A Honda hybrid car owner who took the auto giant to small-claims court for failing to deliver promised mileage is heading back to court for another round after a judge ordered a continuation of her trial Tuesday.
Los Angeles County Superior Court Commissioner Douglas Carnahan did not address the substance of the unusual lawsuit by Heather Peters, the owner of a hybrid Honda Civic. But he sought more information on technicalities of its filing, such as the possibility of a statute-of-limitations problem.
“Of particular interest to the court is whether, considering the date of purchase of the vehicle, the plaintiff is within operative statutes of limitations relating to claims of relief,” Carnahan said.
He asked for additional legal arguments and scheduled another session of the trial for Jan. 25 in Torrance, the U.S. headquarters for Honda. After testimony and arguments on Jan. 3, he took the matter under submission and said he would have a ruling soon. But he removed it from submission Tuesday in order to get clarification.
A class-action lawsuit involving the hybrid Civic has already been filed, with Honda proposing a settlement that would give each owner $100 to $200 and a $1,000 credit on the purchase of a new Honda.
Peters has acknowledged that the statute of limitations for individual fraud suits like hers can be from one to four years in California. She said, however, that the filing of the class-action lawsuit “stops the ticking of the clock” under a legal theory known as “equitable tolling.”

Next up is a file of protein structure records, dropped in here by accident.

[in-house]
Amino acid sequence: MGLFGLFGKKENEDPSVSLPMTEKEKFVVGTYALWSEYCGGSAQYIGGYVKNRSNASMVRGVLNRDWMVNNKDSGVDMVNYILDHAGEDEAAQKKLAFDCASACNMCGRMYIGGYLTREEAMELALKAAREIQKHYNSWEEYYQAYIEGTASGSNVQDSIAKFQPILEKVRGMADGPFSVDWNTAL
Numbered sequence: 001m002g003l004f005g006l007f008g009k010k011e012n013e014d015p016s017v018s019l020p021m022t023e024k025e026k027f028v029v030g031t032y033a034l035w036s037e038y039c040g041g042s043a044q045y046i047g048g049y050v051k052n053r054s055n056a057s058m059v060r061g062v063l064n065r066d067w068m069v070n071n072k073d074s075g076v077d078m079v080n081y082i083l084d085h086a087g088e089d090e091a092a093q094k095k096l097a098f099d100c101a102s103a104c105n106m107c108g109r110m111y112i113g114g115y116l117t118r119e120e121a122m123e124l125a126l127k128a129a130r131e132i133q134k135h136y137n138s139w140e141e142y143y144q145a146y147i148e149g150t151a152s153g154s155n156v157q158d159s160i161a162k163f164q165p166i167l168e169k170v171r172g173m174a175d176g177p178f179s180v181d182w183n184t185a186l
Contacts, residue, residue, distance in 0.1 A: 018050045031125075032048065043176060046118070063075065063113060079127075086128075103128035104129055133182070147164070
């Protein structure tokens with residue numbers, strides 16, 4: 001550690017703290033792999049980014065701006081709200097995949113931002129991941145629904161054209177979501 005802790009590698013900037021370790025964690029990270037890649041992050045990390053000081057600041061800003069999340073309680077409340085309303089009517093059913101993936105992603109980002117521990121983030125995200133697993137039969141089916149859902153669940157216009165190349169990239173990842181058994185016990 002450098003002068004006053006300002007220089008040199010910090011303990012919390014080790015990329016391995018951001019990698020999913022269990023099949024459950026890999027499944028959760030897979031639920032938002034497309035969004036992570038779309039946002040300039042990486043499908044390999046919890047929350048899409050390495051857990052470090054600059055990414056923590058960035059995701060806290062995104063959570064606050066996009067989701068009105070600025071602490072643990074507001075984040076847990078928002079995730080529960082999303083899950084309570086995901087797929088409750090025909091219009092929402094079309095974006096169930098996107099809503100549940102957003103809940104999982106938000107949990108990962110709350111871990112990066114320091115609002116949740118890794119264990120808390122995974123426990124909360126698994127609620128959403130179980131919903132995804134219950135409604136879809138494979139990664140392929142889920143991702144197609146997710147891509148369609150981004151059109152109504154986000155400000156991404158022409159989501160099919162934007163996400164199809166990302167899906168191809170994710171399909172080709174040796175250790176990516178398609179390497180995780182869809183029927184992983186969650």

Experts on class-action law agreed with her interpretation.
“The clock stopped ticking when the class action was filed,” said attorney Clifford Pearson.
Attorney Aaron Jacoby noted that the statute would start tolling again on the day she opted out of the class-action lawsuit, which was Dec. 8, 2011. He said the statute is four years.
Peters bought her car in April 2006 and the first class-action lawsuit over the mileage issue was filed in March.
Peters claimed the car never came close to the 50 miles per gallon (21.26 kilometers per liter) promised and that it got no more than 30 miles per gallon (12.75 kilometers per liter) when the battery began deteriorating. She still owns the car and wants to be compensated for money lost on gas, as well as punitive damages, amounting to $10,000.
Peters, a former lawyer, took the unique action of opting out of the class-action lawsuit involving thousands of hybrid Honda owners. She has said that if all owners of the problem cars won in small-claims court, it could cost Honda $2 billion.
In addition to seeking more information on the statute-of-limitations issue, Carnahan also requested arguments on the effect of a “presuit notice requirement.”
“I am confident that I will prevail on the questions raised in the Court’s order,” Peters said. She said she was encouraged by the fact that the commissioner was giving the case close consideration.
Carnahan ruled in favor of Peters on one issue when he refused to consider a brief filed by Honda’s chief counsel. He rejected it because litigants are not allowed to have lawyers in small-claims court.
Peters has urged other owners of the cars to reject Honda’s proposed class-action settlement and has launched a website called DontsettlewithHonda.com.
Chris Martin, spokesman for Honda, said the company would “be reviewing the communication from the court and we will participate in the Jan. 25 hearing.”
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